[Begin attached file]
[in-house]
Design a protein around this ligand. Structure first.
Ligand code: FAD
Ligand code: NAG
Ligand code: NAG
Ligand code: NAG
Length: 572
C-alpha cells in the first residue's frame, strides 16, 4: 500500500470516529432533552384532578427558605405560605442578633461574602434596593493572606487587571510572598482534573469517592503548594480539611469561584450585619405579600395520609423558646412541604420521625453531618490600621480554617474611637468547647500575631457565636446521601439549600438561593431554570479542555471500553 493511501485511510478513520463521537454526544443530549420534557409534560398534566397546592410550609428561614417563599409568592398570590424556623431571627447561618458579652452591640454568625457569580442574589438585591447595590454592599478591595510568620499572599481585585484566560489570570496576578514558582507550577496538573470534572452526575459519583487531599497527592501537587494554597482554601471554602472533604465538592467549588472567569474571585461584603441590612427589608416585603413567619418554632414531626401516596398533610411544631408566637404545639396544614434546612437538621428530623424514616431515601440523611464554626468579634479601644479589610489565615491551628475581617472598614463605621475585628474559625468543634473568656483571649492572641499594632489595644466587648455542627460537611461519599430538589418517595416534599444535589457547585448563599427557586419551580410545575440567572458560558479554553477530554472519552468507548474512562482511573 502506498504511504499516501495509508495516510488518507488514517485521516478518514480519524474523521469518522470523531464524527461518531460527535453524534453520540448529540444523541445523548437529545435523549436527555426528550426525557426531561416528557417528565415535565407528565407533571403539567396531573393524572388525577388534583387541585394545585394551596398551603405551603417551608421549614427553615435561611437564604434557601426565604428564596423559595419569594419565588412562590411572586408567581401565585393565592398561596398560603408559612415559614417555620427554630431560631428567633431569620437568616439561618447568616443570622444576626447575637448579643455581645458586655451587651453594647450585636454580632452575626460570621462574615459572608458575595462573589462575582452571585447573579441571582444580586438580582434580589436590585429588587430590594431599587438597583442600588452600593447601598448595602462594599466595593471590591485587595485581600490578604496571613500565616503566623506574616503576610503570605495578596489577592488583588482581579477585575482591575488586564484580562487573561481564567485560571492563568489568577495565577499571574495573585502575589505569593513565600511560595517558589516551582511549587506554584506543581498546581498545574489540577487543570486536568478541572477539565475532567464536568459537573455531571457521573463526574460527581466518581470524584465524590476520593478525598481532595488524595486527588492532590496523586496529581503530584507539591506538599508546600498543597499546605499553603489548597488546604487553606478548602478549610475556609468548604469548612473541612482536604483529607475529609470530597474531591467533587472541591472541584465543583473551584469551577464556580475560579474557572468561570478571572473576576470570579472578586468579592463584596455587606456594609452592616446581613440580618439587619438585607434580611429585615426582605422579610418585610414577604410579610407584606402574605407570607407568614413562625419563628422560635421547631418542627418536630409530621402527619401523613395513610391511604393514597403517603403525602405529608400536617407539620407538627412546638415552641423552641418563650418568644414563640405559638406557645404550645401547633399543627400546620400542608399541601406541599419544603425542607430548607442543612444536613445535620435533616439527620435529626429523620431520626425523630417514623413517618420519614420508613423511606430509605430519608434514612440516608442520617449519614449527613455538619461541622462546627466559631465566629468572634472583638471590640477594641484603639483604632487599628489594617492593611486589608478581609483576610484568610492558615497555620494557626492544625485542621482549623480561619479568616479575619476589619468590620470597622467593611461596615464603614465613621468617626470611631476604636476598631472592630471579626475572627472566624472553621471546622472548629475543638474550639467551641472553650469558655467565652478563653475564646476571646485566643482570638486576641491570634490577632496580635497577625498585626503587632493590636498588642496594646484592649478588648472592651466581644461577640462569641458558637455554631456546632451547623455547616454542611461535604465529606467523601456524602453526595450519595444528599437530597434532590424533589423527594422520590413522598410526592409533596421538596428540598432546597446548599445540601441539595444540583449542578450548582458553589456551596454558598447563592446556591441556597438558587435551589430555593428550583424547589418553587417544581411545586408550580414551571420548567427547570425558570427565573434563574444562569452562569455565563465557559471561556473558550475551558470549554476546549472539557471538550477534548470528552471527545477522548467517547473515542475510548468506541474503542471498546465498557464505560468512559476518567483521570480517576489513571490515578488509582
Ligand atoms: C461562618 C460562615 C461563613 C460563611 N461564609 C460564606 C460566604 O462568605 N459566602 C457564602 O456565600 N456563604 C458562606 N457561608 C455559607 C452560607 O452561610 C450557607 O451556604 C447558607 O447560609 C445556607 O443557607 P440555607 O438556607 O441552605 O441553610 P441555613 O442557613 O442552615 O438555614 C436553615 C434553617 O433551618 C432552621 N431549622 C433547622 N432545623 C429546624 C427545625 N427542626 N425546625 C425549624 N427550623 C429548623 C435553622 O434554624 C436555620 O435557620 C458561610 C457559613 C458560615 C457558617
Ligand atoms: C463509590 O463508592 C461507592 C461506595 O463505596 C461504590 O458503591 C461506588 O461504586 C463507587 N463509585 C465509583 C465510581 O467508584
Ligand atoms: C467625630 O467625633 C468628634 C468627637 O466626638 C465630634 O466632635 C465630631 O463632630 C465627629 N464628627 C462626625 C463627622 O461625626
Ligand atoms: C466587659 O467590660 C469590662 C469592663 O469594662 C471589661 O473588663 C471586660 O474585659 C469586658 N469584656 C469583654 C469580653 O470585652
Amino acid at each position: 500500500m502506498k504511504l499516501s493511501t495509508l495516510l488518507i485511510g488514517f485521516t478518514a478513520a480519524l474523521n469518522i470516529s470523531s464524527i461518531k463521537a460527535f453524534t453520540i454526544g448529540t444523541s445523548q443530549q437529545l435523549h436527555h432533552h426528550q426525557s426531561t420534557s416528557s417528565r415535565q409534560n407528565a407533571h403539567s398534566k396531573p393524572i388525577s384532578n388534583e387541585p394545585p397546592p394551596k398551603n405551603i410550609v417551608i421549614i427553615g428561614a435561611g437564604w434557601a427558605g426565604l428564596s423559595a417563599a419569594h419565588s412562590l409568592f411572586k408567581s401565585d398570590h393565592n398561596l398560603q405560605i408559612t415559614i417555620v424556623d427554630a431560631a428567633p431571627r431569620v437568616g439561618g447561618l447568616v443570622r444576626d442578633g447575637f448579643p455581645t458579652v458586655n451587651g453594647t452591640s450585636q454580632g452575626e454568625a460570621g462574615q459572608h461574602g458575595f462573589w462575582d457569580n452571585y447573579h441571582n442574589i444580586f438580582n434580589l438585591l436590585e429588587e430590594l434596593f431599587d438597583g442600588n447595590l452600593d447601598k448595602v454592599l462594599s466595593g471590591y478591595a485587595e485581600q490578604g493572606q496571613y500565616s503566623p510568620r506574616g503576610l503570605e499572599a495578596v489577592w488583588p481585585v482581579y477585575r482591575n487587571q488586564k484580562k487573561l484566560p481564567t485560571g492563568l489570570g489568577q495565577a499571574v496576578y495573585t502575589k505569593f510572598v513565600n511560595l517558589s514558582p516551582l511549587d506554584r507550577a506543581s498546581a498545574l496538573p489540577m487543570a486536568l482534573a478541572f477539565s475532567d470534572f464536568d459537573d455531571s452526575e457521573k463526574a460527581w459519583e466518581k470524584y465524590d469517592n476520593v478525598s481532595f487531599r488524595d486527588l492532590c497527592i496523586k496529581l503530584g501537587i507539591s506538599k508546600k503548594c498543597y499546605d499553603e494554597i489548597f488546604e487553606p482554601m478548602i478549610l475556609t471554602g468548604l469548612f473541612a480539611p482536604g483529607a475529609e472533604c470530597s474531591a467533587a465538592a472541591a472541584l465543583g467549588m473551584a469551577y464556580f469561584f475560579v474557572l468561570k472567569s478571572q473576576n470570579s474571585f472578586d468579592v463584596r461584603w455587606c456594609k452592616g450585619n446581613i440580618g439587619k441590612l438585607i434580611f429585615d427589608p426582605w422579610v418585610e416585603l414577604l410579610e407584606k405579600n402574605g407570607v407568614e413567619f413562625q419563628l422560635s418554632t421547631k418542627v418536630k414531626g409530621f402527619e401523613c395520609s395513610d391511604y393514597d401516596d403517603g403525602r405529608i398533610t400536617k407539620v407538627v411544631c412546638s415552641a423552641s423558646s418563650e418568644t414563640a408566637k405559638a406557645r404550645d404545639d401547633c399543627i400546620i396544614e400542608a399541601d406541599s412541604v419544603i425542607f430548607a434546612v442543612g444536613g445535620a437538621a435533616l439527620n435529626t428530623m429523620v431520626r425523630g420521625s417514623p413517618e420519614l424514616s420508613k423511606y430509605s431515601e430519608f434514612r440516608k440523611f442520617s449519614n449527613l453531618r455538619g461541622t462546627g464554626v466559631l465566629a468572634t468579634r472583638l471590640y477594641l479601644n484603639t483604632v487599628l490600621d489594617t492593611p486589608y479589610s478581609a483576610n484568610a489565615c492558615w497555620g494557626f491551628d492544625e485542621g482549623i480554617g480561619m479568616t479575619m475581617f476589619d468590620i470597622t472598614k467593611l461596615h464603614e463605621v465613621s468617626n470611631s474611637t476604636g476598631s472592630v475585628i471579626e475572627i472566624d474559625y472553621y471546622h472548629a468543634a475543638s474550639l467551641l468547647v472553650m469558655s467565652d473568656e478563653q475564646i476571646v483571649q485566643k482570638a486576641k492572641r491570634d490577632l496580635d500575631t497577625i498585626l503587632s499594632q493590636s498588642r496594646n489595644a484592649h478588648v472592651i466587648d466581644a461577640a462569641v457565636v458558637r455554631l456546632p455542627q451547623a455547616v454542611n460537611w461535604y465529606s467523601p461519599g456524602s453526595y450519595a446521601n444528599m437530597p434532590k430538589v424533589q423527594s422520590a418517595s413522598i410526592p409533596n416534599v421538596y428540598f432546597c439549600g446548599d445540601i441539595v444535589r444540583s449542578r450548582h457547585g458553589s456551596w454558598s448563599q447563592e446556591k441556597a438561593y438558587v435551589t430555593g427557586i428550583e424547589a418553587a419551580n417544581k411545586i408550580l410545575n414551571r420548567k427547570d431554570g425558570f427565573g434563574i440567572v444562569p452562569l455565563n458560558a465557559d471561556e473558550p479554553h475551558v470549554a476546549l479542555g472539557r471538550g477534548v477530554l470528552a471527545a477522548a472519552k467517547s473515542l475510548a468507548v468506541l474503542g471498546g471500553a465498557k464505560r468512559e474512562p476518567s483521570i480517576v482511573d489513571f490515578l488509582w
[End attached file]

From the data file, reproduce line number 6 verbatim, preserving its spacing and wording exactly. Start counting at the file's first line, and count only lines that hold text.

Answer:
Ligand code: NAG